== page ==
Chris Cain returns with his 15th solo album, and it’s marvelous. Joining forces with Alligator Records, Cain continues his musical path with troubled stories and a guitar style that combines Albert King with the harmonic sophistication found on the finest Steely Dan recordings. It’s an irresistible formula.
Funky grooves, toe-tapping shuffles, and ballads comprise an album with top-tier production. “Hush Money,” with its funky R&B grooves, horny horns, and wah, sets the mood. Cain brings an indelible touch and resonance to the blues, combining down-home sentiment with uptown feel and intelligent playing.
“Out Of My Head,” “I Don’t Know Exactly What’s Wrong With My Baby,” and “Can’t Find A Good Reason” is an inspiring revelation in the cross-pollination of blues-fusion guitar soloing over earthy R&B grooves. While Carlton and Ford are famous for this union of stylistic elements, Cain is a master of the silky-smooth bend, idiosyncratic pedal point, and the synthesis of B.B. and Albert King. On the gospel-tinged ballad “Down On The Ground,” Cain unleashes unadulterated fretboard genius.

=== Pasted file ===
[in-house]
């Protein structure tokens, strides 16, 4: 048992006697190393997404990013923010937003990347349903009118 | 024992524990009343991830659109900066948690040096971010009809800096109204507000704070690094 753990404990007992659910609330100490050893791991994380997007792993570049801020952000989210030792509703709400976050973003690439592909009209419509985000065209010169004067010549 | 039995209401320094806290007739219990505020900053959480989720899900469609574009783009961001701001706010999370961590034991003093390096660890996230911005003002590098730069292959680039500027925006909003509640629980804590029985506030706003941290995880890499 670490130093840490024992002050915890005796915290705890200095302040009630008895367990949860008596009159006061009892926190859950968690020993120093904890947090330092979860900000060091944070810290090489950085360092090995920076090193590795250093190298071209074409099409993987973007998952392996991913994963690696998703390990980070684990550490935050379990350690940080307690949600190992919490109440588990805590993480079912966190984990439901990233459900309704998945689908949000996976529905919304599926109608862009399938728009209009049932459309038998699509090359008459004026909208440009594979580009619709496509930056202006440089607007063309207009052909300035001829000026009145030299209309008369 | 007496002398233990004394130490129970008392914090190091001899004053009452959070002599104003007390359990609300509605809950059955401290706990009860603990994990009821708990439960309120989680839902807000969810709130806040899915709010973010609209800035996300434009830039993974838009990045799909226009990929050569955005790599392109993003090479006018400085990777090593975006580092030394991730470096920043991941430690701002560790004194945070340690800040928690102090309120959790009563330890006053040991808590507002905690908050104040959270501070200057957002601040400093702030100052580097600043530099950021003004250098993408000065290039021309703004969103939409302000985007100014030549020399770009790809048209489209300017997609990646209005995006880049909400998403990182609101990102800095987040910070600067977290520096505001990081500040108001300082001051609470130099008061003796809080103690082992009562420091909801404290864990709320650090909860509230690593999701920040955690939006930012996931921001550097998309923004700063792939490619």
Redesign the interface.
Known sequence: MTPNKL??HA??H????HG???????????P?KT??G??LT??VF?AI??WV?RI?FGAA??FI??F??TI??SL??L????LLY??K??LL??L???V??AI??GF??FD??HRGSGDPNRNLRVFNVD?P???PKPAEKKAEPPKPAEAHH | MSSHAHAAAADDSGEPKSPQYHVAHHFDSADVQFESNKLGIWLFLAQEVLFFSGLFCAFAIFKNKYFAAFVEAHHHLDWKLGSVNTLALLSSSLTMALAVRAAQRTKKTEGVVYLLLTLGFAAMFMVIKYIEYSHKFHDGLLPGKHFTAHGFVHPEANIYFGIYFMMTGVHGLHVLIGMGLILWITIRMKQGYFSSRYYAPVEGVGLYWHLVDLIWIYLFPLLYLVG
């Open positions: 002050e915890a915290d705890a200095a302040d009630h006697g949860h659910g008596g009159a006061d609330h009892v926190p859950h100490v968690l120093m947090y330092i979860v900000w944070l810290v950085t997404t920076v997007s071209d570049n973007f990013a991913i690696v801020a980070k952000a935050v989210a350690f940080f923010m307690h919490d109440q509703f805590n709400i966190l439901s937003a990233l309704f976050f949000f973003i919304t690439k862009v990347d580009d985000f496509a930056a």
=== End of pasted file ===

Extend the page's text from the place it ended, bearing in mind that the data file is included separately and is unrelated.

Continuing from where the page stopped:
Raisin’ Cain is sure to change Cain’s title from “Most criminally underrated blues guitarist” to “Most important blues player you need to hear.”
This article originally appeared in VG’s August 2021 issue. All copyrights are by the author and Vintage Guitar magazine. Unauthorized replication or use is strictly prohibited.